Filmed in 3 Cryospheric regions, the documentary film the Climate Challenge follows scientists as a part of the Indian expeditions to document their research in order to understand the changing climate. These expeditions are undertaken by the National Centre for Polar and Ocean Research, under the aegis of Ministry of Earth Science, Govt. of India.


Arctic Expedition

           The implications of climate change are the highest in the Arctic. This region is getting warmed up like never before causing changes to sea ice, snow cover, glacier mass balance and permafrost thawing. Scientists fear that these changes could lead to further warming of the earth. The region is also of special significance to the Indian subcontinent as several studies have shown that there exists a teleconnection between the northern polar region and Indian monsoon intensity. In order to understand these changes and its impacts, India has established a permanent research base “Himadri” in the high arctic region of Ny Alesund, Svalbard. HIMADRI ‘the abode of snow’ is India’s first research station located at the International Arctic Research base, NyÅlesund, Svalbard, Norway. Himadri provides extensive field and laboratory support required for pursuing research activities in the Arctic. Every year several batches of scientists visit this station for carrying on research in several disciplines ranging from understanding of Arctic Glaciers, Fjords, Permafrost degradations, atmospheric studies to emerging pollutants in the Arctic.


Himalayan Expedition

           Probably one of the most challenging expedition in terms of gathering scientific data is this expedition. A team of scientists who are monitoring these glaciers not just have to brave the cold, but also need to fight the Altitude, with most of their field site being more than 17000 ft. At this altitude the effective oxygen percentage is just around 11%. (Sea Level 20.9%). The National Centre of Polar and Ocean Research, has initiated the Himalayan cryospheric programme. As a part of this initiative, the centre has launched the glaciological studies on six benchmark glaciers of the Chandra basin in the Lahul and Spiti district. To facilitate scientists in carrying out their studies, the centre has also established a high altitude research station“Himansh” that serves as a base camp at an altitude of 4080 meters at a remote region in Spiti, Himachal Pradesh.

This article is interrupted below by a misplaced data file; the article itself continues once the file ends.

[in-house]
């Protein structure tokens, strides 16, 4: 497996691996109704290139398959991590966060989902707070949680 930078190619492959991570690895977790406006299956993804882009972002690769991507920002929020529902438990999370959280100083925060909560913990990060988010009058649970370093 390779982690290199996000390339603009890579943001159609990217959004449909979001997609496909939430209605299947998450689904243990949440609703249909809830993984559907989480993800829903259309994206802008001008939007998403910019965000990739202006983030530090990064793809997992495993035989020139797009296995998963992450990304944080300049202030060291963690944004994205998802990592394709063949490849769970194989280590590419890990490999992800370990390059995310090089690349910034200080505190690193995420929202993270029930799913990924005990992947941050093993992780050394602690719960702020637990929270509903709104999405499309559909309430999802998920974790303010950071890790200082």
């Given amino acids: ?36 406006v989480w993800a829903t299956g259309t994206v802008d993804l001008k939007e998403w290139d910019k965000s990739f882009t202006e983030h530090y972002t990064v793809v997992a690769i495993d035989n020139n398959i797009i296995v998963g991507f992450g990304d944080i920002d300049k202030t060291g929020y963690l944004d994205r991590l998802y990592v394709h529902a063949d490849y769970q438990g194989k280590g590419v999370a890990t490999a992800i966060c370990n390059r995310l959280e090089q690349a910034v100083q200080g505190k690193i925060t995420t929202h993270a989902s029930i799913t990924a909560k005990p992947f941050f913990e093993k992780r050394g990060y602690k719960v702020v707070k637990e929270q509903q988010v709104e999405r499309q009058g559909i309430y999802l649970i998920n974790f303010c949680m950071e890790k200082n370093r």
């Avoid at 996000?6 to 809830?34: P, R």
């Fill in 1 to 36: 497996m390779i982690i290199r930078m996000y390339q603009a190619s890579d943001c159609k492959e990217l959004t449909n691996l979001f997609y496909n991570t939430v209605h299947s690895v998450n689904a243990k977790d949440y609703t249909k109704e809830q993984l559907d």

Southern Ocean Expedition

           Southern Ocean has an immense influence on the Earth’s climatic system. This ocean encompasses the Antarctic continent and connects the Atlantic, Indian and Pacific oceans. It stores and transports more heat and carbon dioxide than any other latitudinal band on Earth. Over the last several decades this part of the ocean are undergoing some drastic changes. The oceans have warmed up and freshened. This has lead to an effect on the physical, biological and biogeochemical parameter of the ocean affecting the marine ecosystem. National Centre for Polar and Ocean Research has so far launched 11 expeditions to the Indian sector of the Southern Ocean. Southern ocean has a reputation of being one of the most extreme ocean. Here the weather can change dramatically without any warming making it extremely challenging to for the scientist to conduct research.